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Simple Algebraic Data Types for Ruby

Haskell is my language of choice, and one of the features that I miss the most when working in a different language is algebraic data types. I get particularly frustrated about the lack of algebraic data types (and the associated destructuring) because they are so simple. You don’t need any fancy runtime features to make them work. It would even be feasible to make them work in C, for goodness sake.

If you are unfamiliar with algebraic data types, you should check out Rust’s enum data type. Rusts’ enum’s are algebraic data types, and I’ve found them to be the gentlest introduction to their usefulness. The Algebraic data type wikipedia entry is also decent and a bit more thorough.

Just Simple Data

I’ve recently been working on a pet project in Ruby. I wanted an easy way to package up network messages where each message may have extra data that depends on the message, serialize the data and send it over a socket, and then easily unpack and dispatch on the data on the other side. Manually defining a class for each message was annoyingly tedious. This would be a perfect application for algebraic data types, but Ruby doesn’t have them. :(

After playing around with a few alternative approaches, I broke down and decided to just implement a simple approximation of algebraic data types.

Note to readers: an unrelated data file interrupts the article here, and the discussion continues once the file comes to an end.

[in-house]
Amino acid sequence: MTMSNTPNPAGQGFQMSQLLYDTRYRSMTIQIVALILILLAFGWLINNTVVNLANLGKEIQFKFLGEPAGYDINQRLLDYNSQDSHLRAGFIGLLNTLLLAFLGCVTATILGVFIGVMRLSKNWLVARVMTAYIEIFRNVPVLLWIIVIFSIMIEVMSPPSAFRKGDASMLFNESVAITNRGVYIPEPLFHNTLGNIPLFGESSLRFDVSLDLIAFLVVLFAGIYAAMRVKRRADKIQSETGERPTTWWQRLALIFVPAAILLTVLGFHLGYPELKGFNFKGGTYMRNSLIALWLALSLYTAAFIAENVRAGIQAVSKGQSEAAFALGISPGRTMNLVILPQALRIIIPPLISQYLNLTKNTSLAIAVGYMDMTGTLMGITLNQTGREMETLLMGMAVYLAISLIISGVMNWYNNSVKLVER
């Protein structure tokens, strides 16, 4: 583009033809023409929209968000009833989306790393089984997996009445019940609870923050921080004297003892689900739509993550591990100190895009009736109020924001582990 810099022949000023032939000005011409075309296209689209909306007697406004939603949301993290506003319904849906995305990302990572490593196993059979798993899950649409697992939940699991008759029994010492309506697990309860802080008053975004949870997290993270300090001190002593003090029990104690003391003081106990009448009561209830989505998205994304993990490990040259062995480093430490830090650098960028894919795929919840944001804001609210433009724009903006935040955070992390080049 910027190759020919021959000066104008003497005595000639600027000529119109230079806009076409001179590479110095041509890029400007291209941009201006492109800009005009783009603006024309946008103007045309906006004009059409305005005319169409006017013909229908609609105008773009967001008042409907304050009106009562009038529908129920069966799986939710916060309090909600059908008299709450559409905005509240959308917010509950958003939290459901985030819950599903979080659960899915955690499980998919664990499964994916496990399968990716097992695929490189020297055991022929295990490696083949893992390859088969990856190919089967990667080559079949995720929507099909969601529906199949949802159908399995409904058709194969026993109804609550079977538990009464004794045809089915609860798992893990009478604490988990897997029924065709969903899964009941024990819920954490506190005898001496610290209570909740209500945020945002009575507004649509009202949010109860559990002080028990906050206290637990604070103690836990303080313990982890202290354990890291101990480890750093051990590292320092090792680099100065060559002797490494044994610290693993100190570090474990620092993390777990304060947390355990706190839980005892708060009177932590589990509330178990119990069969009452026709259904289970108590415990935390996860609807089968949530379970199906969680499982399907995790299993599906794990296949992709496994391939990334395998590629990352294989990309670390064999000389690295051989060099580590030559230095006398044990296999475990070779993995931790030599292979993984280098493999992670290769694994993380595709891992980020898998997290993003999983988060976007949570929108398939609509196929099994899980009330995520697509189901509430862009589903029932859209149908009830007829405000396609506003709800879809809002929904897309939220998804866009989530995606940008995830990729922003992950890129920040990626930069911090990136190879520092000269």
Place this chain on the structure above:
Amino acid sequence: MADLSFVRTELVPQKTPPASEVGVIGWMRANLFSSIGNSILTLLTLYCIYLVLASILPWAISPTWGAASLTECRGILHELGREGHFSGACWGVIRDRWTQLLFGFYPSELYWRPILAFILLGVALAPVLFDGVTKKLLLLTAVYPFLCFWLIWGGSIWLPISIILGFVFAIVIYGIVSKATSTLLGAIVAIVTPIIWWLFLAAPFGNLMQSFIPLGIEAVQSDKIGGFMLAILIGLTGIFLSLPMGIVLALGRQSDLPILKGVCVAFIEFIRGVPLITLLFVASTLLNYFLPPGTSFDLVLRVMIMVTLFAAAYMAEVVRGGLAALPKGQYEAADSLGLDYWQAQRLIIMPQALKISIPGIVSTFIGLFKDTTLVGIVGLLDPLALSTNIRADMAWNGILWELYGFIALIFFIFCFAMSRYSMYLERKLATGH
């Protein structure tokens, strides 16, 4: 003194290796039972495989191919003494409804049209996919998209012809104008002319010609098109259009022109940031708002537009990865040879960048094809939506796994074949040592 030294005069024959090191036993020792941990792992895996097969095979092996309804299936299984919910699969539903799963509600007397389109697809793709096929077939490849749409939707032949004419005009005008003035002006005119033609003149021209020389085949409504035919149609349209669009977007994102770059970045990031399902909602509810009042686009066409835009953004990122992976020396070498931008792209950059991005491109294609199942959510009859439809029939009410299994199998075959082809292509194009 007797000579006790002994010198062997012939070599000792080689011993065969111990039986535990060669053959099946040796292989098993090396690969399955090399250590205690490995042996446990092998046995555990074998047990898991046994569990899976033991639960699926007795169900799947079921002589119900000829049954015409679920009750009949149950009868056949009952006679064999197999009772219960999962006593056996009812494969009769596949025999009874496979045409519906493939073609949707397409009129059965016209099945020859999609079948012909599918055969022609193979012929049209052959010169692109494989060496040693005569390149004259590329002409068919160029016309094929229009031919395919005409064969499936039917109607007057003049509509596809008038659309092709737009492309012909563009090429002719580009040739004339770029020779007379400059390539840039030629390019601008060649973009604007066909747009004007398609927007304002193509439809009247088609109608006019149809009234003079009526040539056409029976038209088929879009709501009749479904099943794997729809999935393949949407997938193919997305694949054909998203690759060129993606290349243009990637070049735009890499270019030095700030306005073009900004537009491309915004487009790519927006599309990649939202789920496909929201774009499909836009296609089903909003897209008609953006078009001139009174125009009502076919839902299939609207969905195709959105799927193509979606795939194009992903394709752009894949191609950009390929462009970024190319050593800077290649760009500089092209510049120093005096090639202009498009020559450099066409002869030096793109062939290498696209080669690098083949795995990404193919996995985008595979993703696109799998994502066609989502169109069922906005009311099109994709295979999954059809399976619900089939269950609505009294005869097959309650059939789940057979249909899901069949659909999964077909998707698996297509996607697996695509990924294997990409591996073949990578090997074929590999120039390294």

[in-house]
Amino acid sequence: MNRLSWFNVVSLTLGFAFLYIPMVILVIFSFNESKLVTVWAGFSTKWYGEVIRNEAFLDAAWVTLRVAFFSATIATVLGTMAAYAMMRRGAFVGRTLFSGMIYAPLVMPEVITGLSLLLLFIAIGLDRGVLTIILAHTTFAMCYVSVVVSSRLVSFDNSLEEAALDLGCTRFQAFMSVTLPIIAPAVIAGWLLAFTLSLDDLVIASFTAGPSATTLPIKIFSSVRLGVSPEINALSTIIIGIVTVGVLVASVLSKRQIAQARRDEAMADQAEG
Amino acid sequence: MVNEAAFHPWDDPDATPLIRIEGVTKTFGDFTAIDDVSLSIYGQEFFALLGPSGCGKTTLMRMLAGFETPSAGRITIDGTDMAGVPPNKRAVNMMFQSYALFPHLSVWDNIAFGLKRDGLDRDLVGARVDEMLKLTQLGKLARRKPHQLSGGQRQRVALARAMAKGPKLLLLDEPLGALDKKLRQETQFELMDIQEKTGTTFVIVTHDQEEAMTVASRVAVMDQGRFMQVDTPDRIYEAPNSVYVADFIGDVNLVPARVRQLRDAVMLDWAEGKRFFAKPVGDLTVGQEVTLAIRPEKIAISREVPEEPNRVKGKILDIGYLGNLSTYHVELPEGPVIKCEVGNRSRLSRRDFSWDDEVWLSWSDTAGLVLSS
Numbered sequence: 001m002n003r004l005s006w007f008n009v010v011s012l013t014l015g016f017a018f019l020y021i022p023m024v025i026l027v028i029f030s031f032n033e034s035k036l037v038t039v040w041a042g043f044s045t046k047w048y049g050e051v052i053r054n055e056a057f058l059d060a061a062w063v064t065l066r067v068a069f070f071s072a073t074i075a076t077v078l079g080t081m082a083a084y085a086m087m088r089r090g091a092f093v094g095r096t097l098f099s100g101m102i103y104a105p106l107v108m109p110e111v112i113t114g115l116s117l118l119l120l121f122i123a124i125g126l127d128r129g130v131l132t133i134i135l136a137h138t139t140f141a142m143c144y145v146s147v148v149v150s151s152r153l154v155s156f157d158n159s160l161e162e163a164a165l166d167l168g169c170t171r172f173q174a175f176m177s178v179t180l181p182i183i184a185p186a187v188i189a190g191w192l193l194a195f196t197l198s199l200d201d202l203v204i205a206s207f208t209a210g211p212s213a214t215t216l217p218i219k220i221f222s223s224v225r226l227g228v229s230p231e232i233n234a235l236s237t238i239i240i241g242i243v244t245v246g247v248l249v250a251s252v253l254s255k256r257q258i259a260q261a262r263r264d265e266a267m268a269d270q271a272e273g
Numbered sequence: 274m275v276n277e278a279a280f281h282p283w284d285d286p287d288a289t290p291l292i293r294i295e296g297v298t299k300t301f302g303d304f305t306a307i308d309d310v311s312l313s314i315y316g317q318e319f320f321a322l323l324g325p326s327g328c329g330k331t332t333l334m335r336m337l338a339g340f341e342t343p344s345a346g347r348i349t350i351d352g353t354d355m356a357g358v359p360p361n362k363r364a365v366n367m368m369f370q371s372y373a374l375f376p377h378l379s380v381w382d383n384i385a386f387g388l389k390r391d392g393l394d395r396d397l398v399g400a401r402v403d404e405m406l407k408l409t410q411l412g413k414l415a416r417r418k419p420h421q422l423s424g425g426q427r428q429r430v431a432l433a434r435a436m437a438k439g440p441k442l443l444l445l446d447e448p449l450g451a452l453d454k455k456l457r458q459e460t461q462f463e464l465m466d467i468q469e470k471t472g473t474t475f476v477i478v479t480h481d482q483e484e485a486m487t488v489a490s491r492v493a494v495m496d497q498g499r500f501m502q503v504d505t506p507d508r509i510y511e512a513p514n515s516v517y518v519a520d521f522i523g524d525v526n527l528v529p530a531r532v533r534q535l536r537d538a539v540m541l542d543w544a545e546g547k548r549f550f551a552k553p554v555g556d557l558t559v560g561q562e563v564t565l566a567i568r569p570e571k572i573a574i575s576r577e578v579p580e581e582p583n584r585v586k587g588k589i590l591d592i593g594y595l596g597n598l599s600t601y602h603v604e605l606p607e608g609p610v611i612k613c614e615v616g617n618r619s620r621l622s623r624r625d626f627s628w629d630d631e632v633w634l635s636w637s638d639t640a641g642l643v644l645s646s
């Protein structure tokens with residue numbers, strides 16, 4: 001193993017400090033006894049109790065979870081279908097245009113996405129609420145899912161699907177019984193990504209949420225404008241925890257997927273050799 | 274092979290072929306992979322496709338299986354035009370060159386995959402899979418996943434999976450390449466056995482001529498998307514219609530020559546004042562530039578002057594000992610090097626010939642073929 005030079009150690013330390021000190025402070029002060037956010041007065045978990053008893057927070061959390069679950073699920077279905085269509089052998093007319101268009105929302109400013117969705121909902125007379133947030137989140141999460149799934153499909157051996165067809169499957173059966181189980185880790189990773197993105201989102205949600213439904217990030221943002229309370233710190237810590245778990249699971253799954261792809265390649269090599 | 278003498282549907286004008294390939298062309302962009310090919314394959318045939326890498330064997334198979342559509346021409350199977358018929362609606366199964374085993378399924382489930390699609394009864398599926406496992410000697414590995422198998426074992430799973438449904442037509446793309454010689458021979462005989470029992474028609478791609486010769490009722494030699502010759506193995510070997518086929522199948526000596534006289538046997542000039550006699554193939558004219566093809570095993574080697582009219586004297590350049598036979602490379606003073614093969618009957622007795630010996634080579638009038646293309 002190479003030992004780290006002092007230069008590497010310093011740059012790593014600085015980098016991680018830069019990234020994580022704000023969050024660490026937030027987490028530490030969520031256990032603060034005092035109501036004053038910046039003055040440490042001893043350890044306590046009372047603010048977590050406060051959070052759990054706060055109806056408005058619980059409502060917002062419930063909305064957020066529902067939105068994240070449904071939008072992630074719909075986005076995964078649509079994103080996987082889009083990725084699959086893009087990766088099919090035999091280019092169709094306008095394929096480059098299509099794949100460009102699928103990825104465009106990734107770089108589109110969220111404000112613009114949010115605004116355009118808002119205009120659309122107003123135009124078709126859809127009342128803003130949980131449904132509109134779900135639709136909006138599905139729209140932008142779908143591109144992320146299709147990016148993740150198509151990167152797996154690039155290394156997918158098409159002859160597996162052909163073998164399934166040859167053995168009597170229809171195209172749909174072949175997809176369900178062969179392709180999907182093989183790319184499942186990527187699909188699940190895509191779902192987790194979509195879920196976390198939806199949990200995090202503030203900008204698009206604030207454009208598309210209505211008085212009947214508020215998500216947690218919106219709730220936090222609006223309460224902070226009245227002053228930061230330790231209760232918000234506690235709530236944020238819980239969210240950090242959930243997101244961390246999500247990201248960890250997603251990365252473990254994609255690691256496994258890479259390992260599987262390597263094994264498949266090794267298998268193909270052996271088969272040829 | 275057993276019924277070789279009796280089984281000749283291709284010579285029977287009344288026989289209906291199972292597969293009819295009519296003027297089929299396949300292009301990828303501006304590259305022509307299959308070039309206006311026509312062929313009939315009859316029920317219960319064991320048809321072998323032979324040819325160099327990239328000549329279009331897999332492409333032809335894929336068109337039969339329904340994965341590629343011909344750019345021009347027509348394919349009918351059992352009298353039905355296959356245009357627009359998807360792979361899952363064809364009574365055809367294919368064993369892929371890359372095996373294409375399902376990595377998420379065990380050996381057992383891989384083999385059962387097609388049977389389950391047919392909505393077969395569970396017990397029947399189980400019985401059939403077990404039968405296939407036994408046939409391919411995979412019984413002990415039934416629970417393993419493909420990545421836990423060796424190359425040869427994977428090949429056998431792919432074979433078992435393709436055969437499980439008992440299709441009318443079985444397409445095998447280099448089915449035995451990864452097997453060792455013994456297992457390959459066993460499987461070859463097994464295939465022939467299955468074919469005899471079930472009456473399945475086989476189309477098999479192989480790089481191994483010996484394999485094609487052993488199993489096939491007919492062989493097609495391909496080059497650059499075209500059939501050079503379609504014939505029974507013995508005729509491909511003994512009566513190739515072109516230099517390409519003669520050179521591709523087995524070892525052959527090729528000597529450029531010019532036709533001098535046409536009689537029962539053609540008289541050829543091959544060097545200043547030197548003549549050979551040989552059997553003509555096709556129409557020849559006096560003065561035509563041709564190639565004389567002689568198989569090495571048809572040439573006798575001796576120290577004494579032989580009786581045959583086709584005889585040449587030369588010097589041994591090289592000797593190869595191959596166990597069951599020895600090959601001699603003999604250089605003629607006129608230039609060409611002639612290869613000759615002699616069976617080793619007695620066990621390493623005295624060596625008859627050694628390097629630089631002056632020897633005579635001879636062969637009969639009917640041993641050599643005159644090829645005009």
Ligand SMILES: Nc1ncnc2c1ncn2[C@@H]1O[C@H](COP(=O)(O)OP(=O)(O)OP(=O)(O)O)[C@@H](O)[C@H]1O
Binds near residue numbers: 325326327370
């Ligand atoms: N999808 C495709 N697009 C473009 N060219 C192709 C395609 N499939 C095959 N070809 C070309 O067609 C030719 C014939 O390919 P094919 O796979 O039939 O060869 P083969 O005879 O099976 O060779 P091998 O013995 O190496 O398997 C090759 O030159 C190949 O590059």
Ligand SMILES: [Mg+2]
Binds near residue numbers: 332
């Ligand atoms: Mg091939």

After a little bit of googling I found Ruby’s Struct class, which greatly simplifies the construction of simple data. But I wanted to go a bit further and see if I could get some basic destructuring support as well.

Ruby’s case syntax uses the case equality operator under the hood, and the case equality operator is conveniently defined for procs in a way that I could hijack to get a basic form of destructuring.

Implementation

Here is the solution I came up with:

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def data(*fields)
  Class.new(Struct.new(*fields)) do
    def self.match(&blk)
      proc do |b|
        if b.class == self
          blk.call(*b.values)
          true
        else
          false 
        end
      end
    end
  end
end

Example Use

Now I can define data types for my messages like so:

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Peer_Connected = data :source_id, :ip, :port
Peer_Data_Message = data :source_id, :data
Peer_Ping = data :source_id
Peer_Disconnected = data :disc_id

Note that the data function actually creates a new class. I can then use the new classes to construct messages:

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a_msg = Peer_Connected.new 5, "127.0.0.1", 4321
another_msg = Peer_Data_Message.new 12, "some data"

And then I can match/destructure using Ruby’s case statement:

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def do_something(x)
  case x
  when Peer_Connected.match do |source_id, ip, port| 
    puts "Source id: #{source_id}, ip: #{ip}, port: #{port}"
    end
  when Peer_Data_Message.match do |source_id, data|
    puts "Source id: #{source_id}, data: #{data}"
    end
  when Peer_Ping.match do |source_id|
    end
  when Peer_Disconnected.match do |disc_id|
    end
  else
    puts "unsupported message"
  end
end
 
do_something(a_msg)
# > "Source id: 5, 127.0.0.1, port: 4321"
 
do_something(another_msg)
# > "Source id: 12, data: some data"
 
do_something(nil)
# > "unsupported message"

That’s still a far cry from the algebraic data types in Haskell, but it’s good enough for the moment.